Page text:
Intel Z790 MEGA motherboard review ft. MSI MEG ACE, ASRock Taichi Carrara, ASRock Steel Legend, Gigabyte AERO G

Today, we’re taking a look at a set of Z790 motherboards that are optimized for Intel’s new 13th Gen Raptor Lake processors that come with a 10nm ESF (officially Intel 7 process, comparable to TSMC’s 7nm) processing node for higher performance and speeds over the course of the hour.

Just like the 12th Gen Alder Lake, the 13th Gen Raptor Lake CPUs also feature a slew of updates including an all-new hybrid architecture with big and small The design features Raptor Cove as core p and Gracemont.

The company has been largely stagnant in the consumer desktop space. The main reason for this slump was Intel’s reliance on the 14nm process node and Skylake architecture that served the desktop space from 2015 through 2020 (10th Generation Comet Lake) while Intel’s 10nm dilemmas and returns could not keep up with Skylake in the mainstream desktop space. To build 10nm stock for a mass consumer launch, Intel released a middleware platform, the Z590, and an 11th-generation Rocket Lake cluster related to a new architecture but limited to only 8 cores due to power expansion and inefficiencies in the 14nm process node.

However, since the launch of the 12th generation Alder Lake, Intel has managed to change direction somewhat and now offers the best value proposition in the CPU segment. Currently, the Intel Core i3, Core i5 and Core i7 range is in a very dominant position when it comes to price-performance against AMD Ryzen 5000 and even Ryzen 7000 CPUs but with its 13th Gen Raptor Lake lineup, Intel is once again changing the game, offering More performance and better value than ever before.

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There are still some places where AMD shows its strengths and that’s largely in the efficiency department, but Intel’s more popular hybrid options manage to bridge the efficiency gap effectively, especially when it comes to gaming and standard workloads. It’s not so much a CPU performance battle anymore as it is a pricing battle and the only major advantage Intel buyers have is the option to choose between DDR5 and DDR4 memory while AMD Ryzen 7000 users are stuck with only DDR5 options.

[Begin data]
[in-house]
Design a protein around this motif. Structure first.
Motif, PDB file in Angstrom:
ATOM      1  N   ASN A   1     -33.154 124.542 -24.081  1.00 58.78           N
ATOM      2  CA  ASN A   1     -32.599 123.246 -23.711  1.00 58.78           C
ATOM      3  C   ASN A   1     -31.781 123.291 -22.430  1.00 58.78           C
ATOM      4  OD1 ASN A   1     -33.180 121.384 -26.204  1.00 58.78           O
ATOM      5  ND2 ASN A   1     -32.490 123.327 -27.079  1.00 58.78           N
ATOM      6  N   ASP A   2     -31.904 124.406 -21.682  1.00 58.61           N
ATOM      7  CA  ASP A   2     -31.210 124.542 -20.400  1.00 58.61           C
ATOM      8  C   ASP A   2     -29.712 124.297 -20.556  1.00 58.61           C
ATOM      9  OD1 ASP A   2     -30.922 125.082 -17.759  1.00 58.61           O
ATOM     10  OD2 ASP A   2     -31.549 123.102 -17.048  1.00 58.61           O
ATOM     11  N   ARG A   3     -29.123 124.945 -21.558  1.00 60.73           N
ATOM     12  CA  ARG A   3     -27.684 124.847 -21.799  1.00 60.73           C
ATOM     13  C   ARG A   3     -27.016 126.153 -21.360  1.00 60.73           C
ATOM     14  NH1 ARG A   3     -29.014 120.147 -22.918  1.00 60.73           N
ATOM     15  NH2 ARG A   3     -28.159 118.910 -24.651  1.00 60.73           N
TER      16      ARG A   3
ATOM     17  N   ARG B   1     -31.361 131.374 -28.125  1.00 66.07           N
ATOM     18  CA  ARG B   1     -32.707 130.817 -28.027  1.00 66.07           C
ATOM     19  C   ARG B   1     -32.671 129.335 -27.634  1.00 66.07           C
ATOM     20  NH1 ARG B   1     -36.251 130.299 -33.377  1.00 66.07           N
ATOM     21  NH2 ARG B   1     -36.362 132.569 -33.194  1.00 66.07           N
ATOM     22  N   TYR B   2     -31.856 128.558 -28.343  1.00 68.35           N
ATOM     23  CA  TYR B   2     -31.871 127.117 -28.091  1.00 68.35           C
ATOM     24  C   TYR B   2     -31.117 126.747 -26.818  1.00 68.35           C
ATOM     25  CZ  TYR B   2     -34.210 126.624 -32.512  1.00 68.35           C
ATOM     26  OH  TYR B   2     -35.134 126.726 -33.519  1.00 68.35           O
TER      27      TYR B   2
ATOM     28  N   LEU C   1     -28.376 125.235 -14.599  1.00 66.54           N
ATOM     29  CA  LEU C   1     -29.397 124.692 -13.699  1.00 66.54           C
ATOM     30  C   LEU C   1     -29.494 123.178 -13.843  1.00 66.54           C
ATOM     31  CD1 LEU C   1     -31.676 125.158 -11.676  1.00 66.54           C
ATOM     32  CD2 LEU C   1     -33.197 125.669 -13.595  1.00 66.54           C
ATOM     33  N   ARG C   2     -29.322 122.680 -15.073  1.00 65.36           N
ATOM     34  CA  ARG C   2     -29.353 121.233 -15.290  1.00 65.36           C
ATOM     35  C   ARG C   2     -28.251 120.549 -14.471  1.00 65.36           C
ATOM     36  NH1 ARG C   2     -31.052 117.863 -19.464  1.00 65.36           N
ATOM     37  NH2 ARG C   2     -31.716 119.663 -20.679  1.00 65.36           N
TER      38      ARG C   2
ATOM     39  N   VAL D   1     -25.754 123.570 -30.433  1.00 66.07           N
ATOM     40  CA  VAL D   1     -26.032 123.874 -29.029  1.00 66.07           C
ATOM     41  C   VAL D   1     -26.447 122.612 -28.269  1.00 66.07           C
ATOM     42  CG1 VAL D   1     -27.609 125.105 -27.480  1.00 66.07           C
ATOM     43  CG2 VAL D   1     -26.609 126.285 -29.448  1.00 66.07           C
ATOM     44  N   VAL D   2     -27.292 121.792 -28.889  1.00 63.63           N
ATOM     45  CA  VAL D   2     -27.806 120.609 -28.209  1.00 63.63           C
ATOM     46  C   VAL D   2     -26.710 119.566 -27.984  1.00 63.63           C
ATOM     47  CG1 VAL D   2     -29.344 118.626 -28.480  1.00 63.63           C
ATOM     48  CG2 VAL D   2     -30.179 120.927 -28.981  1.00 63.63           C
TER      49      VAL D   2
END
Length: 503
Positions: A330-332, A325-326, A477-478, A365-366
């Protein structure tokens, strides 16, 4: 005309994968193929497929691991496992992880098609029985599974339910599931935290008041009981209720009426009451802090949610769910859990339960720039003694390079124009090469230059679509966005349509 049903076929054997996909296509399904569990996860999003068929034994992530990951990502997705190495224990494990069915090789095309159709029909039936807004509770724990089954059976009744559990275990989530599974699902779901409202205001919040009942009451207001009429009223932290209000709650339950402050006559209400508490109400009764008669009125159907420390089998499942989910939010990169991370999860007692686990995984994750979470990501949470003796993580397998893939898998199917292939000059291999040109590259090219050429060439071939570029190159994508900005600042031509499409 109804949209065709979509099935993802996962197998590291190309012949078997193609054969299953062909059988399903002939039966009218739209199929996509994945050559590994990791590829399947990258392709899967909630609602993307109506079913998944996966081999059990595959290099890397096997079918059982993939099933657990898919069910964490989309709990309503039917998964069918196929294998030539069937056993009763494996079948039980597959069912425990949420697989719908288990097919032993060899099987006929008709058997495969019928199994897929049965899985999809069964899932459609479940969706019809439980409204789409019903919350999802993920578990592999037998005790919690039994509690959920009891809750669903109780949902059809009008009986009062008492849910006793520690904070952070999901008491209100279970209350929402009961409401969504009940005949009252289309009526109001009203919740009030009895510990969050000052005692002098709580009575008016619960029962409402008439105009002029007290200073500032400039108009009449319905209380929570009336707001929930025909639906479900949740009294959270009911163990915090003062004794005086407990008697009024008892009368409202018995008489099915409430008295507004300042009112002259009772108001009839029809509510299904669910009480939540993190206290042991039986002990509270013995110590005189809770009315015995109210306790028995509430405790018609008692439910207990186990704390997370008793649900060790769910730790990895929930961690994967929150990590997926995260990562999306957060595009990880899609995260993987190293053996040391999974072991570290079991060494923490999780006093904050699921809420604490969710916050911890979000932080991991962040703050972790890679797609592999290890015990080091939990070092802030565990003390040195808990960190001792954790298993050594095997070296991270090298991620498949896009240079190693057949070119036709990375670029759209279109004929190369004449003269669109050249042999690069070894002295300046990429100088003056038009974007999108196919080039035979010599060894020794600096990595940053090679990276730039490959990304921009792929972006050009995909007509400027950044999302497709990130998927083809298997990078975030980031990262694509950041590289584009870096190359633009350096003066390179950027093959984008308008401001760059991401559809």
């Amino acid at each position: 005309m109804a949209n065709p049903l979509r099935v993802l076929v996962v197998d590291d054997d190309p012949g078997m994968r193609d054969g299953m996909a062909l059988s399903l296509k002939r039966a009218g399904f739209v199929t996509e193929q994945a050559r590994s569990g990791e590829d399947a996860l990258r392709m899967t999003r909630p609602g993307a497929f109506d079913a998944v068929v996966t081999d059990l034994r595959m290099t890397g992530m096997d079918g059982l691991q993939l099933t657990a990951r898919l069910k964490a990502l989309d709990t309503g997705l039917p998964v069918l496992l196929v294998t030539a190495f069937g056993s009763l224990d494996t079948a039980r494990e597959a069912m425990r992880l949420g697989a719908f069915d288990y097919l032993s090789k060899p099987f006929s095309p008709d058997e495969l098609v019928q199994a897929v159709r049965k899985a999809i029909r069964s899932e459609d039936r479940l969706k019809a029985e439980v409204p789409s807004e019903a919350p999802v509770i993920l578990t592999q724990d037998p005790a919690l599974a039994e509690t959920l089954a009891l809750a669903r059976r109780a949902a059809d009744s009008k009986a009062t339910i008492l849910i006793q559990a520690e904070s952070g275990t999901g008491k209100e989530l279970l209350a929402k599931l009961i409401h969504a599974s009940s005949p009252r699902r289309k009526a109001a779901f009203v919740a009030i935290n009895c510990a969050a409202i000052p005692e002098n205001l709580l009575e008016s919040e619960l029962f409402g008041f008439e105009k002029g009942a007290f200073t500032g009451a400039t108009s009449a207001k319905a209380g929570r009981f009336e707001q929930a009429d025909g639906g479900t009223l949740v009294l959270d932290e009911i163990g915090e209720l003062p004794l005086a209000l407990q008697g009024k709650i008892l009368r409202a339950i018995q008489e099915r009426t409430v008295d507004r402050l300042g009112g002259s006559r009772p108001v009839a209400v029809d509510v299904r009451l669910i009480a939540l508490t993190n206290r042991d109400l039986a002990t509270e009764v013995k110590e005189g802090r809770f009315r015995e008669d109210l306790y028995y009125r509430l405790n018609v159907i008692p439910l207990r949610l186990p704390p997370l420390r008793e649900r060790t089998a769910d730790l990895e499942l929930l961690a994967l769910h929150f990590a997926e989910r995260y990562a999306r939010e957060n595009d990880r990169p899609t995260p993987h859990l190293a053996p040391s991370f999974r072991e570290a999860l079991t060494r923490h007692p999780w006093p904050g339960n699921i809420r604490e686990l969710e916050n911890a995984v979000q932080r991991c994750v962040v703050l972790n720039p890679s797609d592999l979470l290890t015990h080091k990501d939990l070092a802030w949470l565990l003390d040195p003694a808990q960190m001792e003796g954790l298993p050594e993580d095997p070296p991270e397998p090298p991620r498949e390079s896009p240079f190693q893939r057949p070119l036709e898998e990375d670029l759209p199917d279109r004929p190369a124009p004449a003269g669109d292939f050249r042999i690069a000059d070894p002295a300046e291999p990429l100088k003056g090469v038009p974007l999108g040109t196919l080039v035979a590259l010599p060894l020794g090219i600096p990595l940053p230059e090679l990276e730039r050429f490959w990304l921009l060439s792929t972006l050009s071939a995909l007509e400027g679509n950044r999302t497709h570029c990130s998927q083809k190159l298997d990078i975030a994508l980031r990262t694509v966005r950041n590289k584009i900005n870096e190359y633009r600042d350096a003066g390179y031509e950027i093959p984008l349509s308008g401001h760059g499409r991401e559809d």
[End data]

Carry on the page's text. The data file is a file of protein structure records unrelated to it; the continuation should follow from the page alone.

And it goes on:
While DDR5 is the future, the new standard currently doesn’t make much sense for the budget and mainstream gaming segment, which is why many AMD Ryzen 5000 users are reluctant to upgrade and will probably go two ways, either sticking with their current platform or moving to Intel because it’s the budget king for now.

So this year Intel decided to release a second hybrid architecture in the form of the 13th generation Raptor Lake CPU lineup. It’s somewhat an update to the current 12th Gen CPUs but offers a lot more in the form of better cores, threads, cache, clocks, and I/O capabilities. Here are the main features of the lineup:

Features of Intel 13th Gen Raptor Lake desktop CPUs:

  • Up to 24 cores and 32 threads
  • Brand New Raptor Cove CPU Cores (Top P-Core IPC)
  • Based on 10nm ESF ‘Intel 7’ process node
  • Clock speeds up to 6.0 GHz (expected)
  • Double electronic cores on some variants
  • Increased cache for both P-Cores and E-Cores
  • Supported on existing LGA 1700 motherboards
  • New Z790, H770 and B760 motherboards
  • Up to 28 PCIe slots (PCH Gen 4 + Gen 3)
  • Up to 28 PCIe slots (Gen 5 x16 + Gen 4 x12 CPU)
  • Dual channel DDR5-5600 memory support
  • 20 PCIe Gen 5 Lanes slots
  • Enhanced overclocking features
  • 125W PL1 TDP (Master SKUs)
  • AI PCIe M.2 technology
  • Launch Q4 2022
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For this review, I will be testing the Core i9-13900K on four Z790 motherboards, MSI MEG Z790 ACE, ASRock Z790 Taichi Carrara, ASRock Z790 Steel Legend WIFI and Gigabyte Z790 AERO G.

Products mentioned in this post

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